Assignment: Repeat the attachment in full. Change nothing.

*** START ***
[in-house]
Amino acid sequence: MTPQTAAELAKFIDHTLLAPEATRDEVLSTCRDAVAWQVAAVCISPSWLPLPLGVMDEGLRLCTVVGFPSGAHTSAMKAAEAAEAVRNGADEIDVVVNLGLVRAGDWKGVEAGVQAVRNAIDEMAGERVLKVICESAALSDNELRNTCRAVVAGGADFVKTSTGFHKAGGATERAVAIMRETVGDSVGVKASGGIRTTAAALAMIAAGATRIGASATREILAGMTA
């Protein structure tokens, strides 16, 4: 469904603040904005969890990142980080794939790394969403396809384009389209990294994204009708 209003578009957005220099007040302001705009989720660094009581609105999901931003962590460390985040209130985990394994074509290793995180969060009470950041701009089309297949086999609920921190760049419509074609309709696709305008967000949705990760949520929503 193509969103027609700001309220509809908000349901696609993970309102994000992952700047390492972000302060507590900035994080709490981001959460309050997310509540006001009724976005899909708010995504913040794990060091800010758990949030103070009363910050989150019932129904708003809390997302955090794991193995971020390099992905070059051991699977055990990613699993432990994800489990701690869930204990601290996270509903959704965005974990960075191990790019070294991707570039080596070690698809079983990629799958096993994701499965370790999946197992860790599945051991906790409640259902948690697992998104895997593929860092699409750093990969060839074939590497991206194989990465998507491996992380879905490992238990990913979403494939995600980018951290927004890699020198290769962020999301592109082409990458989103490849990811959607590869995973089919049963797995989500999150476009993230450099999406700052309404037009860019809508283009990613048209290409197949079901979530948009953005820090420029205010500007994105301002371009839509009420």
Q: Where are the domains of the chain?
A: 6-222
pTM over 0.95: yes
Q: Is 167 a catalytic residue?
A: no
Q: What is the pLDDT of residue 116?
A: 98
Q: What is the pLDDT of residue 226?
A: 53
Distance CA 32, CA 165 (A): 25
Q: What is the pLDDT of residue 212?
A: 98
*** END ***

[in-house]
Amino acid sequence: MTPQTAAELAKFIDHTLLAPEATRDEVLSTCRDAVAWQVAAVCISPSWLPLPLGVMDEGLRLCTVVGFPSGAHTSAMKAAEAAEAVRNGADEIDVVVNLGLVRAGDWKGVEAGVQAVRNAIDEMAGERVLKVICESAALSDNELRNTCRAVVAGGADFVKTSTGFHKAGGATERAVAIMRETVGDSVGVKASGGIRTTAAALAMIAAGATRIGASATREILAGMTA
């Protein structure tokens, strides 16, 4: 469904603040904005969890990142980080794939790394969403396809384009389209990294994204009708 209003578009957005220099007040302001705009989720660094009581609105999901931003962590460390985040209130985990394994074509290793995180969060009470950041701009089309297949086999609920921190760049419509074609309709696709305008967000949705990760949520929503 193509969103027609700001309220509809908000349901696609993970309102994000992952700047390492972000302060507590900035994080709490981001959460309050997310509540006001009724976005899909708010995504913040794990060091800010758990949030103070009363910050989150019932129904708003809390997302955090794991193995971020390099992905070059051991699977055990990613699993432990994800489990701690869930204990601290996270509903959704965005974990960075191990790019070294991707570039080596070690698809079983990629799958096993994701499965370790999946197992860790599945051991906790409640259902948690697992998104895997593929860092699409750093990969060839074939590497991206194989990465998507491996992380879905490992238990990913979403494939995600980018951290927004890699020198290769962020999301592109082409990458989103490849990811959607590869995973089919049963797995989500999150476009993230450099999406700052309404037009860019809508283009990613048209290409197949079901979530948009953005820090420029205010500007994105301002371009839509009420």
Q: Where are the domains of the chain?
A: 6-222
pTM over 0.95: yes
Q: Is 167 a catalytic residue?
A: no
Q: What is the pLDDT of residue 116?
A: 98
Q: What is the pLDDT of residue 226?
A: 53
Distance CA 32, CA 165 (A): 25
Q: What is the pLDDT of residue 212?
A: 98